CMOS (complementary metal oxide semiconductor) technology continues to be the dominant technology for fabricating integrated circuits (ICs or chips). This dominance will likely continue for the next 25 years and perhaps even longer. Why? CMOS technology is reliable, manufacturable, low power, low cost, and, perhaps most importantly, scalable. The fact that silicon integrated circuit technology is scalable was observed and described in 1965 by Intel founder Gordon Moore. His observations are now referred to as Moore's law and state that the number of devices on a chip will double every 18 to 24 months. While originally not specific to CMOS, Moore's law has been fulfilled over the years by scaling down the feature size in CMOS technology. Whereas the gate lengths of early CMOS transistors were in the micrometer range (long-channel devices) the feature sizes of current CMOS devices are in the nanometer range (short-channel devices).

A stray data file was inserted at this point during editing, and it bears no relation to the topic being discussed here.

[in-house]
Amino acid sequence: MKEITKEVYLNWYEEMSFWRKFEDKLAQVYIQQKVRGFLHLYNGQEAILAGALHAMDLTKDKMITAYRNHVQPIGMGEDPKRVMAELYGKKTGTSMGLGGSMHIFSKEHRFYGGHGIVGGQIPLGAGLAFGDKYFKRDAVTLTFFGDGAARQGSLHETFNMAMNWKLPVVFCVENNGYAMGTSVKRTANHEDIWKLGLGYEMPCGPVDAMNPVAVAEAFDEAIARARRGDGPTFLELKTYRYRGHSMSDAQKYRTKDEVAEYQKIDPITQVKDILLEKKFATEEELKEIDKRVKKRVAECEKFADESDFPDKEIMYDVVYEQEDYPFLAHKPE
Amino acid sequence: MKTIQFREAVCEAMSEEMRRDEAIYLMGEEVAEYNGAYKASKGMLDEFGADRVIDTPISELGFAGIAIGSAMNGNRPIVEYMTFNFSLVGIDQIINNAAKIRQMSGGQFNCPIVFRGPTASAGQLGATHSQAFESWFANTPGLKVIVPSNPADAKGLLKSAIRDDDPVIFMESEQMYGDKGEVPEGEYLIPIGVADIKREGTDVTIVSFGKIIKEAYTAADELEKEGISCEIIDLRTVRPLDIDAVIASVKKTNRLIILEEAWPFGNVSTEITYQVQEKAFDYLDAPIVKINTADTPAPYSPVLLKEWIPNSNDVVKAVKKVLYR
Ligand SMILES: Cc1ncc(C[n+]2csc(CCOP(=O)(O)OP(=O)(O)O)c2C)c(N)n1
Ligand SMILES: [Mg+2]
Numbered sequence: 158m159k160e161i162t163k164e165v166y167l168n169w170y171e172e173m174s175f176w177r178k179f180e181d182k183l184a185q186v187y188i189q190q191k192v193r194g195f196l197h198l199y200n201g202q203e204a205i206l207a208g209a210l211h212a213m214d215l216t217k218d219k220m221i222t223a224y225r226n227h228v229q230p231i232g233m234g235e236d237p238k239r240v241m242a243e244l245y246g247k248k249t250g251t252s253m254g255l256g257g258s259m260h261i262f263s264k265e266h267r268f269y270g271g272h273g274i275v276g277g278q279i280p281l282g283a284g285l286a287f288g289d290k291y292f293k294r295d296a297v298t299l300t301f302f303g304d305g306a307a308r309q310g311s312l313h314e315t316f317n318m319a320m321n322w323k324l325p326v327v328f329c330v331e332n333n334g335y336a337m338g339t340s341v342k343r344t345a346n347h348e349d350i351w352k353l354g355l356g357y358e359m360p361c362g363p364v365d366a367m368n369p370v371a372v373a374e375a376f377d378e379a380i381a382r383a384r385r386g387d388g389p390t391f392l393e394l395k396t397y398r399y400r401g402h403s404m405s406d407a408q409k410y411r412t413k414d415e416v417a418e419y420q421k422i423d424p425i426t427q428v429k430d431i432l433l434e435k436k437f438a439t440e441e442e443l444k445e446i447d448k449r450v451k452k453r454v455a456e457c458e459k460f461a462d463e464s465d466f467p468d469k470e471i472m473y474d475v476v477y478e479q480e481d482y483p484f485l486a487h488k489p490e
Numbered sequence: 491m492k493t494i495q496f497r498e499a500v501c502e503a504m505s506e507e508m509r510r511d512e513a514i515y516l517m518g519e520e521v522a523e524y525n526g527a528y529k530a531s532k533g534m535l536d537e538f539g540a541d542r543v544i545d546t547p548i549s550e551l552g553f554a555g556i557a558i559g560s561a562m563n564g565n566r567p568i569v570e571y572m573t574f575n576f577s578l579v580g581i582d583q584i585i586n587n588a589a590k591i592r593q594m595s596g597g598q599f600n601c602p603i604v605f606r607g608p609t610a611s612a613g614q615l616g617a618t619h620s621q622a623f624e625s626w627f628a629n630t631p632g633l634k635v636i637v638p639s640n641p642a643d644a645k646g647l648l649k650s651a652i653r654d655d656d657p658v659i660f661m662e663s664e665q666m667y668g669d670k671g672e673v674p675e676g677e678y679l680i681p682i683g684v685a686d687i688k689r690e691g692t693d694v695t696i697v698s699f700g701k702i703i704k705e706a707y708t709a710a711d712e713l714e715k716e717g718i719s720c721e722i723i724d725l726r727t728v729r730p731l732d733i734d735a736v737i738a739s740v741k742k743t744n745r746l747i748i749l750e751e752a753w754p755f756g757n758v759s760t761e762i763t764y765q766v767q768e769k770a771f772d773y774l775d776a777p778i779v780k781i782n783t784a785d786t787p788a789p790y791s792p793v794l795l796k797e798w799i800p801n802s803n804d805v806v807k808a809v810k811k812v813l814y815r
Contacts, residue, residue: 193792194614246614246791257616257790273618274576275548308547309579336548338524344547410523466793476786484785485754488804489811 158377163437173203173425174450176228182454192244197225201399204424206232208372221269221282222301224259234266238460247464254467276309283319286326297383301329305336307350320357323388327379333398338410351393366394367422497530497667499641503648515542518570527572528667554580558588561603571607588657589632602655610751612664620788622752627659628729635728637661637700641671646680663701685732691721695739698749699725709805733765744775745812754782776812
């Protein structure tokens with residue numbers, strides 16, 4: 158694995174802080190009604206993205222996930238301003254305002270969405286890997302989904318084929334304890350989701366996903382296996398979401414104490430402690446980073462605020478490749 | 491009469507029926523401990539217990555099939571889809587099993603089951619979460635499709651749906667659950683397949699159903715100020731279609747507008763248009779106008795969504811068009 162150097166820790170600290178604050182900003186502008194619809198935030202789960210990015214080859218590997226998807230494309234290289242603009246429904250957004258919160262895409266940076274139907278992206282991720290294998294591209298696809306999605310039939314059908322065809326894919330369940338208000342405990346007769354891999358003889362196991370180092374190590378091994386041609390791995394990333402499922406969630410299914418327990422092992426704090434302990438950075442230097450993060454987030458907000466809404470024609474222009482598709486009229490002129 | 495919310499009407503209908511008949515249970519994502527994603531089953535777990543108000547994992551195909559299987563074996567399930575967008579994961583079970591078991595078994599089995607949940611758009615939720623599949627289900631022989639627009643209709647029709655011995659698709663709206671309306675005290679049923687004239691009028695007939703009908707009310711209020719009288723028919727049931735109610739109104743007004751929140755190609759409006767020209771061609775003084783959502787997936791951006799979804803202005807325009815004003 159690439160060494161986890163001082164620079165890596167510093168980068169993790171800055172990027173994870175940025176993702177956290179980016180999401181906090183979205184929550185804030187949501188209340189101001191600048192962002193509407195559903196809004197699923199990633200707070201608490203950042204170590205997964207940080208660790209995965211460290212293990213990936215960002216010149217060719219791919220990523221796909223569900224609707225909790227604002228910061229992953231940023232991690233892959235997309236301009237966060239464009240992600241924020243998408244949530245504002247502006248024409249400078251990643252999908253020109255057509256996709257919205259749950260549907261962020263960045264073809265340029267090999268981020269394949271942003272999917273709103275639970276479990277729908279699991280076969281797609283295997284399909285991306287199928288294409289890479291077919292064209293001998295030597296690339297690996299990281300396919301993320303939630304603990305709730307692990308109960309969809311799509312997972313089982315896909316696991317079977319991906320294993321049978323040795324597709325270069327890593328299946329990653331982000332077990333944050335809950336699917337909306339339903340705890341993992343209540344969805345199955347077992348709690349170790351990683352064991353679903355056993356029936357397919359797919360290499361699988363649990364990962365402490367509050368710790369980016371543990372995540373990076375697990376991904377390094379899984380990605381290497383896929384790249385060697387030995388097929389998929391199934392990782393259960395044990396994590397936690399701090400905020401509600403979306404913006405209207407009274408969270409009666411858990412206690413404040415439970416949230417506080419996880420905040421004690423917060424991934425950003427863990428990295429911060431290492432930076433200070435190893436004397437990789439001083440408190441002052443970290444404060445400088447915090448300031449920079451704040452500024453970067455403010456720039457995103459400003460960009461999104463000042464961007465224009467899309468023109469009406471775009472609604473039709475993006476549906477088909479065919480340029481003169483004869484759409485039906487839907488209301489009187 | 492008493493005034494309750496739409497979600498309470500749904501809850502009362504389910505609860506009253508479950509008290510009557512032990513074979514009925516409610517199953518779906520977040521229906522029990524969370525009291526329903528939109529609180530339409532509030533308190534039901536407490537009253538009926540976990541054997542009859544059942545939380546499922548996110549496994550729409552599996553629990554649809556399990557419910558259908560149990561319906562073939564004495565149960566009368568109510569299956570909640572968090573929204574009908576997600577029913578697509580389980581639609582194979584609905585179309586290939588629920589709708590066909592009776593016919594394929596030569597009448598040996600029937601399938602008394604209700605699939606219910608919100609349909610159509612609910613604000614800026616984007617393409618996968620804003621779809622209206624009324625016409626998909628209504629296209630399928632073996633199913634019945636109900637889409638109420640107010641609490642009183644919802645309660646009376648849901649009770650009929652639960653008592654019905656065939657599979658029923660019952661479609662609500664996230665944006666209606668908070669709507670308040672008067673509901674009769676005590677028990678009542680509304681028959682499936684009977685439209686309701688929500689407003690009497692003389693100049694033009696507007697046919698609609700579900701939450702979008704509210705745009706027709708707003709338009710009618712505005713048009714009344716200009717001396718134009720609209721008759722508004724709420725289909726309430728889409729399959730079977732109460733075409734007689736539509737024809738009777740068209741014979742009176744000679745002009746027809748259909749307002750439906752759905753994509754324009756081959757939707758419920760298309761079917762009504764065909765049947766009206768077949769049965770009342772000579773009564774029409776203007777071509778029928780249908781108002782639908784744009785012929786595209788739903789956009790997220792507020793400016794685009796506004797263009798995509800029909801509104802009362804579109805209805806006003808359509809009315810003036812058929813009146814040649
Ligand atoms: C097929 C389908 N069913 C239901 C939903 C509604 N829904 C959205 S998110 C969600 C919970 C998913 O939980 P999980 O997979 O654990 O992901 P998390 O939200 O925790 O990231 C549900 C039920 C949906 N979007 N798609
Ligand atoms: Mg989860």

To encompass both the long- and short-channel CMOS technologies in this book, a two-path approach to custom CMOS integrated circuit design is adopted. Design techniques are developed for both and then compared. This comparison gives readers deep insight into the circuit design process. While the square-law equations used to describe MOSFET operation that students learn in an introductory course in microelectronics can be used for analog design in a long-channel CMOS process they are not useful when designing in short-channel, or nanometer, CMOS technology. The behavior of the devices in a nanometer CMOS process is quite complex. Simple equations to describe the devices' behavior are not possible. Rather electrical plots are used to estimate biasing points and operating behavior. It is still useful, however, for the student to use mathematical rigor when learning circuit analysis and design and, hence, the reason for the two-path approach. Hand calculations can be performed using a long-channel CMOS technology with the results then used to describe how to design in a nano-CMOS process.